capital of empires! On to the throne of mighty kings of old! Attila
has conquered [AE]tius! The two mighty men have met; and the weaker
has given way. Attila triumphs over [AE]tius! On to Rome! on to Rome!
The world is open and prostrate before the sword of Attila. On to
Rome! on to Rome! On to spoil, and to victory, and to triumph!"

Such were the cries that ran through the host of the Huns, as they
marched on from Milan towards the devoted city of the C[ae]sars, And
mighty and terrible indeed was that innumerable multitude, as,
composed of a thousand nations, it flowed on like an overwhelming
deluge upon its way. Those who stood and gazed upon its wide-extended
front, as, rushing on irresistible, it swept the fair plains of
Lombardy, might well want language and figures to express the awful
advance of the barbarian world.

The dark thunder-cloud, sweeping at once over the clear blue sky, and
shutting out sunshine and daylight beneath its ominous veil, is too
slow in its course, too unsubstantial in its form, to afford an image
of that living inundation. The avalanche that sweeps down the side of
the Alps, overwhelming flocks, and herds, and cities in its way, is
but petty when compared with the immense masses of that fierce and
furious multitude. The long wave of the agitated sea, when cast by the
breath of the tempest upon the echoing shore, would give but a faint
idea of that rushing multitude of armed men.

No! Neither bounded to a narrow space, nor gradually and slowly
carried forward, nor checked in its course and retiring to return
again, did the multitudes of Attila advance. But, spread out from sea
to sea--rushing onward with the swiftness of the wind--irresistible,
overpowering, vast, like the dark tide of lava when it rushes down the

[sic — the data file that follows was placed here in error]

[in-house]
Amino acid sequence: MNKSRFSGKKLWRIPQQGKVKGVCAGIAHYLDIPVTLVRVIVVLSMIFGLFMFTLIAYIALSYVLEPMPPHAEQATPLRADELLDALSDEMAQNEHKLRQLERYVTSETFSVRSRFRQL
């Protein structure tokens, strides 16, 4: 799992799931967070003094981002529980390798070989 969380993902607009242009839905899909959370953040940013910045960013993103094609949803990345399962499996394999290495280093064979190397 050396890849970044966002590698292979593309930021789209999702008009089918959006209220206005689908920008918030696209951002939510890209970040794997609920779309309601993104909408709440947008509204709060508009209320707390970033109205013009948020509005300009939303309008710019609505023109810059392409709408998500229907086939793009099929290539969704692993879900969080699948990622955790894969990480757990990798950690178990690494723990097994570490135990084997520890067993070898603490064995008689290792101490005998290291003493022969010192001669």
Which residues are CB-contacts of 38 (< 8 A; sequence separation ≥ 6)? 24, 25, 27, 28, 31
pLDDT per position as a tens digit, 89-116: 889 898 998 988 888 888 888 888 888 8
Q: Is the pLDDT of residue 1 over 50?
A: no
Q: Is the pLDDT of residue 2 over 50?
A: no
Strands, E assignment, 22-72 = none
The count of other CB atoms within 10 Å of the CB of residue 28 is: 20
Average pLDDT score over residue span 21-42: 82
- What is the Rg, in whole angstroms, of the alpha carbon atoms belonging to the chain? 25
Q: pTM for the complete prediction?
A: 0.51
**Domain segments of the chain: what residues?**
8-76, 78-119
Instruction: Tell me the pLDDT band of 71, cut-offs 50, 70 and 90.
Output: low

channelled sides of Etna, came the barbarian myriads, finding
brightness and beauty before them, and leaving darkness and desolation
behind.

Through every road, over every field, into every city, across every
river, they passed. Like the sword of the destroying angel in the
dwellings of the Egyptians, nothing seemed to stop them, nothing to
impede their progress, even for an hour. Terror and lamentation went
through all the land; and the voice of weeping was heard from the
banks of the Athesis to the Straits of Scylla; Ravenna, defensible as
it was, was abandoned in a day; and Rome itself wailed in trembling
for the approach of a new, a fiercer conqueror than Alaric.

At length the tent of Attila was pitched by the side of a grand lake,
where from its bosom flows the stream by whose banks the sweetest of
the Roman poets sung. No longer simple, as when he first entered
Greece, appeared the camp of the barbarian king; no longer was seen
the ring of wagons only, and the multitude sleeping in the fresh air
of night; but there, tents of every form and every hue diversified the
plain which stretches along, from the base of the gigantic mountains
that enclose the stormy waves of the Benacus, to the soft green fields
of the fair Mantuan land, where the "silver-gray cattle" of which
Virgil sung still bathe in the placid waters of his native Mincius.

Far and wide as the eye could see extended that vast encampment; and